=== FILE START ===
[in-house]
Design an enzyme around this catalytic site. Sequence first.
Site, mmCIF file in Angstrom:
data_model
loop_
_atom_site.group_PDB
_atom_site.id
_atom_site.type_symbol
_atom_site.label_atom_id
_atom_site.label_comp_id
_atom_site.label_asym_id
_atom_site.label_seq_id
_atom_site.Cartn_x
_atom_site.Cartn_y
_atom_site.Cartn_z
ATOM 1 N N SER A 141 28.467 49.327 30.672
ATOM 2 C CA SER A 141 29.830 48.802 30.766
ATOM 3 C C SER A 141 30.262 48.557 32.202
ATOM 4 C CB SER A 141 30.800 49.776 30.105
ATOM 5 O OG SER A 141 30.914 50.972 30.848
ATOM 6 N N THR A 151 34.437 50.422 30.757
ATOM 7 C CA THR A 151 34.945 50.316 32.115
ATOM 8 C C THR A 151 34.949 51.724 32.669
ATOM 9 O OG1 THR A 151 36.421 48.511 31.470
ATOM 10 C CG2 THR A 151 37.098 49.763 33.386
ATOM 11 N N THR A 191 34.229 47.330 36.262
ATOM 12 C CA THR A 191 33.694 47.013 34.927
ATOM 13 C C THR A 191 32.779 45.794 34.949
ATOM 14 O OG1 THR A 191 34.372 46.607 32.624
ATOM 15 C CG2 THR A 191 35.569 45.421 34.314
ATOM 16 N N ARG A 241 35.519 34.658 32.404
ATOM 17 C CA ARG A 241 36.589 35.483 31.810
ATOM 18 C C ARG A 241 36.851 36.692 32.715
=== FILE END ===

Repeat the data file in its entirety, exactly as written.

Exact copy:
[in-house]
Design an enzyme around this catalytic site. Sequence first.
Site, mmCIF file in Angstrom:
data_model
loop_
_atom_site.group_PDB
_atom_site.id
_atom_site.type_symbol
_atom_site.label_atom_id
_atom_site.label_comp_id
_atom_site.label_asym_id
_atom_site.label_seq_id
_atom_site.Cartn_x
_atom_site.Cartn_y
_atom_site.Cartn_z
ATOM 1 N N SER A 141 28.467 49.327 30.672
ATOM 2 C CA SER A 141 29.830 48.802 30.766
ATOM 3 C C SER A 141 30.262 48.557 32.202
ATOM 4 C CB SER A 141 30.800 49.776 30.105
ATOM 5 O OG SER A 141 30.914 50.972 30.848
ATOM 6 N N THR A 151 34.437 50.422 30.757
ATOM 7 C CA THR A 151 34.945 50.316 32.115
ATOM 8 C C THR A 151 34.949 51.724 32.669
ATOM 9 O OG1 THR A 151 36.421 48.511 31.470
ATOM 10 C CG2 THR A 151 37.098 49.763 33.386
ATOM 11 N N THR A 191 34.229 47.330 36.262
ATOM 12 C CA THR A 191 33.694 47.013 34.927
ATOM 13 C C THR A 191 32.779 45.794 34.949
ATOM 14 O OG1 THR A 191 34.372 46.607 32.624
ATOM 15 C CG2 THR A 191 35.569 45.421 34.314
ATOM 16 N N ARG A 241 35.519 34.658 32.404
ATOM 17 C CA ARG A 241 36.589 35.483 31.810
ATOM 18 C C ARG A 241 36.851 36.692 32.715